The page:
Smoke and Mirrors
The weeks that followed their bonding were filled with contentment for
Amanda as Sarek opened her eyes to the beauty of Ti-Valka’ain. Many of the
places they visited on their extended tour remained in her memory long
after they returned to his family home in DhiKune.
The great ruined citadel of ThoKamahr proved one of the most vivid of her
recollections. Built by a warrior Lord whose name had, over time become
just a legend, the ruins extended for miles along the southern most edge of
Tat’sahr Province. Swallowed by the shifting vermilion sands of the Cheleb-
khor, for millennia the ruins had remained hidden. Only in the last five
hundred years, had the city been excavated and reclaimed.
Cheleb-khor, named for Ket’cheleb, the Vulcan god of anger, consisted of
several hundred miles of the harshest desert on Vulcan. Apart from
ThoKamahr, the region was known for its many natural hazards to unwary
travellers. It was also a traditional testing ground for the kahs-wan
Sarek had the sandtrekker packed before dawn and they started out just as
the first lustrous orange streaks brightened the eastern horizon. Sarek
had cautioned her to dress in a desert soft-suit and Amanda soon realised
how necessary the special clothing was when the early light showed her the
savage vista of ridges and saw-toothed peaks polished to a blood-red
lacquer. The air shimmered with wind-blown dust and heat haze. There were
no roads, no tracks, no habitations, or other machinery. Without
vegetation or water holes, the Cheleb-khor was a bleak and barren waste.
Enclosed in the trekker that glided a few feet above the ground, it’s quiet
electric hum the only sound; she and Sarek seemed completely alone in the
They had travelled for less than two hours when Sarek pointed out something
that stood out clearly against the skyline. The symbol of civilization to
any Vulcan, a great arch or ivrit, soared into the air apparently
unsupported and beautifully proportioned.
Distances were misleading in such a vastness and it was another hour before
Sarek brought the trekker to a halt. Amanda’s eyes widened at her first
sight of the City of ThoKamahr. Sand blasted walls of red stone enclosed
an enormous complex of elevated towers, covered galleries, onion domes,
courtyards, and stairways.
“I didn’t know Vulcan was ever like this.” She murmured in appreciation.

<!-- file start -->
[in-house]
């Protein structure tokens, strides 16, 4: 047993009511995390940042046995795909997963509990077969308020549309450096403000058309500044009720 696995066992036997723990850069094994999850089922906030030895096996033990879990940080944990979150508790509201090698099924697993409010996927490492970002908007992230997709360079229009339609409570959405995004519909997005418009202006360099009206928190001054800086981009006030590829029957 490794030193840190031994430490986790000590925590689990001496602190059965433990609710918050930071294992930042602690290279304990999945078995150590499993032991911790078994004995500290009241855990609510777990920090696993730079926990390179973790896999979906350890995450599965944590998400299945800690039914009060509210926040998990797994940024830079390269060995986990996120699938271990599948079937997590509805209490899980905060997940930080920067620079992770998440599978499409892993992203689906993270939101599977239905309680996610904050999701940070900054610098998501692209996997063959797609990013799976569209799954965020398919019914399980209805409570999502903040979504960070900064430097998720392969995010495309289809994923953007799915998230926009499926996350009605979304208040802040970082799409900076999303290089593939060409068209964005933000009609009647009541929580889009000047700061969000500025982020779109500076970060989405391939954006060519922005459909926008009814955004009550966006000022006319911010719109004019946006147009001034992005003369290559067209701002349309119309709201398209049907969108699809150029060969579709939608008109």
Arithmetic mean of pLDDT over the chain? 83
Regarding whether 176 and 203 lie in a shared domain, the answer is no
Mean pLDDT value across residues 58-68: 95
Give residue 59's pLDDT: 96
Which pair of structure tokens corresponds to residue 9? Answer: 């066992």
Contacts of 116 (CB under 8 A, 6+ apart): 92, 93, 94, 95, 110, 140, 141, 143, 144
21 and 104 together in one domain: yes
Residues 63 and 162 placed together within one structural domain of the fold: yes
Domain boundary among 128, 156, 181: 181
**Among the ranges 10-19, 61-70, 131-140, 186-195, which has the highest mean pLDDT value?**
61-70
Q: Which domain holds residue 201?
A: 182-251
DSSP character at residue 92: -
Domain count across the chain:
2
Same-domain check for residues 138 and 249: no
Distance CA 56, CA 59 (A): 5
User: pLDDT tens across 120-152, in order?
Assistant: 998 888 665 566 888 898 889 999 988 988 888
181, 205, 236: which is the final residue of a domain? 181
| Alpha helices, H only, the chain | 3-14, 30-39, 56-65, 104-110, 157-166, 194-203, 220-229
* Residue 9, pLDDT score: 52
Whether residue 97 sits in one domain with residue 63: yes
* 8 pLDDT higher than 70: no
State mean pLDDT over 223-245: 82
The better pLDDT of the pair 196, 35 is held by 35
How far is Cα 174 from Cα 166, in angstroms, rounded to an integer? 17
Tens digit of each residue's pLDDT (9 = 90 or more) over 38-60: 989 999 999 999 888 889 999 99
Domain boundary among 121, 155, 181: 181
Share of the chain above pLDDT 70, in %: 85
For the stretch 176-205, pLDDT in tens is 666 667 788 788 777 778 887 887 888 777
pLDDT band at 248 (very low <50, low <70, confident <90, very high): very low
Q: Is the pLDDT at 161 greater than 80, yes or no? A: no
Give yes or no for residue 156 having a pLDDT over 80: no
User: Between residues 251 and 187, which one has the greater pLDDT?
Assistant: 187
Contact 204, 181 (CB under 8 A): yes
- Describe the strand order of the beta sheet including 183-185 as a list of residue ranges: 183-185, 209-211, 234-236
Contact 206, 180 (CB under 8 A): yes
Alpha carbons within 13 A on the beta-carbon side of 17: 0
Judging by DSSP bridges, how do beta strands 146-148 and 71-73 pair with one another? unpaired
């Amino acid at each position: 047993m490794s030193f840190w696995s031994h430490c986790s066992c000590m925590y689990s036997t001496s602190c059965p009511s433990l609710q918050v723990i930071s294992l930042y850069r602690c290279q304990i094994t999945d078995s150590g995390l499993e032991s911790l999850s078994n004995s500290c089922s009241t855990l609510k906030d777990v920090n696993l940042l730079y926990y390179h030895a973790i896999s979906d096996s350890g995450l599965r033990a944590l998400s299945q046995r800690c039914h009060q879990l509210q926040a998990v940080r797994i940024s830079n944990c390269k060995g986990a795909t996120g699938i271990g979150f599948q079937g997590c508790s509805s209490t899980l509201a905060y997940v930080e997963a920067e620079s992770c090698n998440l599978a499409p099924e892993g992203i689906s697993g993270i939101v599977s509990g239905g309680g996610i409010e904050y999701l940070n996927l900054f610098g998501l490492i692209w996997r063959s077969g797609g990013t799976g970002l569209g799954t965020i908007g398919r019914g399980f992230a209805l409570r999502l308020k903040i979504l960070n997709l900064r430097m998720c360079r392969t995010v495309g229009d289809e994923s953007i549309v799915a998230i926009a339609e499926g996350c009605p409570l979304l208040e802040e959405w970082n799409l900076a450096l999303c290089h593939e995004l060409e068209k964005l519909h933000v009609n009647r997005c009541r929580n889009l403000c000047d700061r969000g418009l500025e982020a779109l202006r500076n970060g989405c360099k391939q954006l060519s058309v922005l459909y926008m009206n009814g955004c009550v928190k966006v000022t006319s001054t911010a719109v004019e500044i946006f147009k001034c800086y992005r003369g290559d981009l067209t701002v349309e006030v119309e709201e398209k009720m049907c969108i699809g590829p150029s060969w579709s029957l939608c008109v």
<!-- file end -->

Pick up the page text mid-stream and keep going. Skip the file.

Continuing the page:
“This is only a part,” Sarek assured her. He pointed across the sands, “At
one time, in the distant past, two great rivers met here. The Andra’vrasht
started in the Arlanga Mountains and the Shan’vos flowed down past Chin’ohr
in the Southern Range. At ThoKamahr, they joined into one mighty force.
The city continues for another fifty kliton.”
“What happened here? Why did the city die?”
Sarek could not say. “No one knows. Perhaps war or possibly lack of water
when the river disappeared underground.”
“War?” Amanda echoed in surprise. “Surely not.”
One eyebrow rose significantly towards his short, wayward fringe, “Before
the Awakening, we were a warlike race, my wife. Our ferocity far surpassed
that of Humans. Much of our history before Surak’s time has been lost to
us because of it. ”
He powered up the contragravs and drove on beneath the arching ivrit,
guiding the sandtrekker along a vast paved way that dissected the city.
The further they journeyed inward, the further the everyday world seemed to
recede. Amanda was inundated by a sensation of age, of moving back in time
to the far past.
After a second ivrit, they continued along the wide avenue, now flanked on
both sides by imposing statues of strange creatures. Amanda recognised
larger versions of the winged cat-like animal that held the glowing embers
of Sarek’s attunement flame in its paws, powerful sculptures of sehlats and
lematya’s, even a couple of dragons, their maws agape and leathery wings
Again, a massive, carved stone gateway arch loomed ahead. This time, Sarek
pulled up and switched off the alternator. They climbed out and stood
before the last arch, which fronted a magnificent domed building of dusky
pink sandstone. “There are always three ivrit. Some still believe that to
pass under a gateway is the first stage of purification.”
“This is a place of worship, a shrine of some sort?” She asked him, her
“Once it was,” he affirmed. With a hand beneath her elbow, he led Amanda
up a flight of broad steps undamaged by time, preserved by the dry, thin
air. A great, door-less entrance welcomed them into an enormous reception
hall; its walls still daubed with faint, life size murals. “This is wezhb-
ut-shukhran, the place of sacred dances. ThoKamahr’s wives and daughters
lived here, secure from the world, priestesses of the temple.”
Staring into the gloom of the huge chamber, Amanda allowed her imagination